Parliament is not formally back in business quite yet. But having not been near the Holyrood office for five weeks, the day dawned when it could not be postponed any longer.
The staff were complaining that, apart from my voice, they were struggling to know who I was. This, I suggested, was a considerable advantage. But to put it off a day or so longer we drove west to Inverness from the boat at the beginning of the week.
There I discovered what has been titled the Scottish Housing Expo. Fifty-two houses have been built to highlight architectural ideas and building innovation. There are flats, houses for towns and some that would fit into Island landscapes. Many, indeed the majority, are clad in wood and look great.
Great use has been made of solar gain with large expanses of glass to raise room temperature and in all cases the aim is to keep heating bills to an absolute minimum. The annual, yes annual, running costs ranged from over £300 to just less than £100. I nearly bought that one then and there.
Two other features predominated. The first was the range of ways homes were heated. In Shetland we spend more than most on heating, as a percentage of household income. But broadly the Highlands are on a par. Ground source heat pumps, wood chip boilers and solar panels were but three separate ways of keeping homes warm and bills down.
The second feature was putting the public spaces on the first floor. Many of the houses featured bedrooms downstairs and then a sitting room with large south facing windows upstairs, linked to a master bedroom, bathroom and kitchen.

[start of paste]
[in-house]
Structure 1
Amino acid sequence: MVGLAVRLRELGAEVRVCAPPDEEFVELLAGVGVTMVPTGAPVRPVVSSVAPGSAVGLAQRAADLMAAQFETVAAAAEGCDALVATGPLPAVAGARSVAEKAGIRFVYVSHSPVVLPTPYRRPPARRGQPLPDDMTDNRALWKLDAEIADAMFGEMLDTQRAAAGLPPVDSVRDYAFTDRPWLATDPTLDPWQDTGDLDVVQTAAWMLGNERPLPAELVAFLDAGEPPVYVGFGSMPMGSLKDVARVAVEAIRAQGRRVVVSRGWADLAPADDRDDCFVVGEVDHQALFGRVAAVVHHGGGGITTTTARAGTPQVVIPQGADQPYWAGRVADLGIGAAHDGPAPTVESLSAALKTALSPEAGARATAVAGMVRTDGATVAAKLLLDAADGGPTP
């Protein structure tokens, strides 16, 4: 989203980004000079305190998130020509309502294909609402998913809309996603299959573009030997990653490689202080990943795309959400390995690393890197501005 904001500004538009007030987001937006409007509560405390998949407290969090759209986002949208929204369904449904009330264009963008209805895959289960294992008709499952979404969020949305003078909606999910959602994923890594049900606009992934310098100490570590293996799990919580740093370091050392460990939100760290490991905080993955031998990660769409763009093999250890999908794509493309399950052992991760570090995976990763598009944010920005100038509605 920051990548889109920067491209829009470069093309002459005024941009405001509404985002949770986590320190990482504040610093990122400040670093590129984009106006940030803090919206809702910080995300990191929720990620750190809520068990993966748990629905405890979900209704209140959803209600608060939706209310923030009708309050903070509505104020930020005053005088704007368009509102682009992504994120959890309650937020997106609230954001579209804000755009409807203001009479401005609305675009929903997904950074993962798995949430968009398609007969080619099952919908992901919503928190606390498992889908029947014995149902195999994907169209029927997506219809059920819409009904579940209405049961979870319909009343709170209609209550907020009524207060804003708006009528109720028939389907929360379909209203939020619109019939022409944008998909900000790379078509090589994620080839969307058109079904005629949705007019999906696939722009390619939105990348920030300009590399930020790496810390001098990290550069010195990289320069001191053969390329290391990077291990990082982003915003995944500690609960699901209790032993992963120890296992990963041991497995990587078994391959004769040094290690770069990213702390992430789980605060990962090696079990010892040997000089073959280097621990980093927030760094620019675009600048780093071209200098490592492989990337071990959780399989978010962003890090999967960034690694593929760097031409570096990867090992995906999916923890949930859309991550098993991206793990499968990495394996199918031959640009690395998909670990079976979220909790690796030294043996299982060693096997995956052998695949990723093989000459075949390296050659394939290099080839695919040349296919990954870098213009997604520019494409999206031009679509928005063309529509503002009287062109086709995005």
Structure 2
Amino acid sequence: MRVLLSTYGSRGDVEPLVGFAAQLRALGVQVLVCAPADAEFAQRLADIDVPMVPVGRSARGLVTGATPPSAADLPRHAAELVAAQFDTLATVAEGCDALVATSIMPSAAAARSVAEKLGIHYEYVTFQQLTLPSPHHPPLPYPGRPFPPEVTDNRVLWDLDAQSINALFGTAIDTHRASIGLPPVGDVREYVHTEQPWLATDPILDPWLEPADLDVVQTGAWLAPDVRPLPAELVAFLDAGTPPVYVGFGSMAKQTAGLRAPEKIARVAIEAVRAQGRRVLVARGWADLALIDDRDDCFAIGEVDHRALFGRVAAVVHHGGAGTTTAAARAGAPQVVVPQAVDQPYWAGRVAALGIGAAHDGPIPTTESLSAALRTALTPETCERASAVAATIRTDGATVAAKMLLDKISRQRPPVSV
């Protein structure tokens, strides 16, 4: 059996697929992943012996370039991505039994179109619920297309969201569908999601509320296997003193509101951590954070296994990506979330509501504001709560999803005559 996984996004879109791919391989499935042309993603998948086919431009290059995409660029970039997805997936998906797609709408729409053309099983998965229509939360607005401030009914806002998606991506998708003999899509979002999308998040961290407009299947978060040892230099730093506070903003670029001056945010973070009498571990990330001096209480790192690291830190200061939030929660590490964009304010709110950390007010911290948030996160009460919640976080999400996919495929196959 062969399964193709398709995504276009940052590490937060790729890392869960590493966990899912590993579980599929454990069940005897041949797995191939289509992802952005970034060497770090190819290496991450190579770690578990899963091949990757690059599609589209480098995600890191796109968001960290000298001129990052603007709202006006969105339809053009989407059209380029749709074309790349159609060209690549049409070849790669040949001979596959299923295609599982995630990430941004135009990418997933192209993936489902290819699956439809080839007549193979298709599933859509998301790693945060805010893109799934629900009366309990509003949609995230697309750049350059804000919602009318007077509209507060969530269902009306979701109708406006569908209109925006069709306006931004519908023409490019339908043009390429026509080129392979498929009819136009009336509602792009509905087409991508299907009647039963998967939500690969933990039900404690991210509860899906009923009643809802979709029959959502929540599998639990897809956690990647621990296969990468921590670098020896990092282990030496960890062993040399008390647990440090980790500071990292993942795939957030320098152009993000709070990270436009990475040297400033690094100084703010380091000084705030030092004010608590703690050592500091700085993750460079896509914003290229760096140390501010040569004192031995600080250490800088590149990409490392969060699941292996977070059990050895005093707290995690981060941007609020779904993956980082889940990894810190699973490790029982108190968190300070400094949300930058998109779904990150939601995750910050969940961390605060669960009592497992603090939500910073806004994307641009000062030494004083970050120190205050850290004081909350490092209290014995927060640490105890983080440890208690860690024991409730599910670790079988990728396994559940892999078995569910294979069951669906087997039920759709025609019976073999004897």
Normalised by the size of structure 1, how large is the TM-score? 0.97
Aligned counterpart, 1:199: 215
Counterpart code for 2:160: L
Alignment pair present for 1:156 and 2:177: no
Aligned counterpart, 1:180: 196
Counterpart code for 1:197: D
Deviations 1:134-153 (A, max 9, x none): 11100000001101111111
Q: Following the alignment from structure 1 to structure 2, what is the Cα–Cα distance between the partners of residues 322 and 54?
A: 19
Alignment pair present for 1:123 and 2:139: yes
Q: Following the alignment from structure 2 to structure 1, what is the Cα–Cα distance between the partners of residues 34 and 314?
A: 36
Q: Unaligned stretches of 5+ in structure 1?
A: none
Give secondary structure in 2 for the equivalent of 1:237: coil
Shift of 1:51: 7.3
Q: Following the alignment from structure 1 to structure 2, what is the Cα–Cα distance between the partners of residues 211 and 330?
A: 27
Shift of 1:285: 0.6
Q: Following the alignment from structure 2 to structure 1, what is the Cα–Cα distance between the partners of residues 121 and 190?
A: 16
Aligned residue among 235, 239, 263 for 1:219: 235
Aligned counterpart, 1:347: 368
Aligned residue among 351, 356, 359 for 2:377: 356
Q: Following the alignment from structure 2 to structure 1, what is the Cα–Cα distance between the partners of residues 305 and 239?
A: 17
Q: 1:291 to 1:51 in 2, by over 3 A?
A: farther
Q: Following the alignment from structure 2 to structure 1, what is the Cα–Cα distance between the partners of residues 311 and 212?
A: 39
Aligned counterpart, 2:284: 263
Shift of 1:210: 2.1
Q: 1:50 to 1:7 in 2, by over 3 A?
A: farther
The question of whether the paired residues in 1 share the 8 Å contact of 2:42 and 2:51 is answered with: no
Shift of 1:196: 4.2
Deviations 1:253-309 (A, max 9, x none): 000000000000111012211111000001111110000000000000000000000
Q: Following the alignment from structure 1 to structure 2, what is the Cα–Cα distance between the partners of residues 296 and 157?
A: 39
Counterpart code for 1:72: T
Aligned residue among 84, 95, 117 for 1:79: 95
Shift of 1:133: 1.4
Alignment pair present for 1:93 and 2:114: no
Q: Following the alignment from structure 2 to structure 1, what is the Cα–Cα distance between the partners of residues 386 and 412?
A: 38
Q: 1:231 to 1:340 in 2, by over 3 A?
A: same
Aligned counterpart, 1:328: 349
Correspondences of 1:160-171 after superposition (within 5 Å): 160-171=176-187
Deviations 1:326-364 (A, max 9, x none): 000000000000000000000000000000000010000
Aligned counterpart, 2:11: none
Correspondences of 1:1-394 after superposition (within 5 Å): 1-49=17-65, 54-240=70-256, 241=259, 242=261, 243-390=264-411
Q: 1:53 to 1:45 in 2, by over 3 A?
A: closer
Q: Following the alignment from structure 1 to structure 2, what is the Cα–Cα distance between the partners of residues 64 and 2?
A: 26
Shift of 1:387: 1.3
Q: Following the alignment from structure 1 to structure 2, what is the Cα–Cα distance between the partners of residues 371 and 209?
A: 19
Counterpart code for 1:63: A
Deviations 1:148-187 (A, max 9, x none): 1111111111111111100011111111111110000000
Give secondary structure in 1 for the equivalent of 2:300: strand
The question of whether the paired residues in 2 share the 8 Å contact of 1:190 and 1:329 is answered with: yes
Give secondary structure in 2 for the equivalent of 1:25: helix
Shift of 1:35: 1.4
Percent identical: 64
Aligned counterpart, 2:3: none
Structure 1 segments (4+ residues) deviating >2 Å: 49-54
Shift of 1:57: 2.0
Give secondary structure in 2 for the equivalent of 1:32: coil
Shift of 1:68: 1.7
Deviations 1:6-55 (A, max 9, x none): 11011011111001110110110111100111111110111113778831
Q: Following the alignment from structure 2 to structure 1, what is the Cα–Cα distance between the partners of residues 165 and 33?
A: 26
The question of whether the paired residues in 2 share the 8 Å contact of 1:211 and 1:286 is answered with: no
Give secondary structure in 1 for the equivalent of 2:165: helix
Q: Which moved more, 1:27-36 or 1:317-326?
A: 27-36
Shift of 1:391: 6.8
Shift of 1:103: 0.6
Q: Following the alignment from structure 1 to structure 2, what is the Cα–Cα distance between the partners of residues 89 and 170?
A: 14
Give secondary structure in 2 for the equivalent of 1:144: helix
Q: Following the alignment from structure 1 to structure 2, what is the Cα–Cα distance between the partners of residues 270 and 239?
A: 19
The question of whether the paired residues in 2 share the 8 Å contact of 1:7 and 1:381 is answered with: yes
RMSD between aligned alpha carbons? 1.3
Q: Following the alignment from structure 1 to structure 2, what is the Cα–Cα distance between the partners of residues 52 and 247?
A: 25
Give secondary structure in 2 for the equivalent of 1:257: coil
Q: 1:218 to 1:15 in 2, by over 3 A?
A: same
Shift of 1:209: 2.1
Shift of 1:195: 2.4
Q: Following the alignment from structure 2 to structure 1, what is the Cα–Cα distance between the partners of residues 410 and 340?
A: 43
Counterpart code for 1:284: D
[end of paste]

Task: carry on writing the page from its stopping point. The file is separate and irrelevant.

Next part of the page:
Most houses weren’t big, which to some extent explained the low heating costs, but with so much imaginative use of space, light and shape it was a fantastic show of what can be done.
The organisers were hoping for 30,000 visitors over the month the Expo is open. They were well on track the day we were there. It’s important to support an initiative such as this where the construction industry, architects and even planners get together to provide some real new cutting edge ideas about design and cost cutting heating, providing warm and affordable homes for rent and to build and buy. All round a great event.
I’d stored up a range of issues people had asked me to pursue for a day in Inverness. So I tramped around most of the headquarters of this national organisation and that, raising Shetland issues.
Inverness used to be a five-minute town. Five minutes or so would get you from one office to the next. No longer. It’s big and busy. It’s the height of the tourist season. And to top it all, none of the organisations – SNH, HIE, Police or the Crofters’ Commission – are in town. They are scattered here and there connected only by a car journey.
Tavish Scott MSP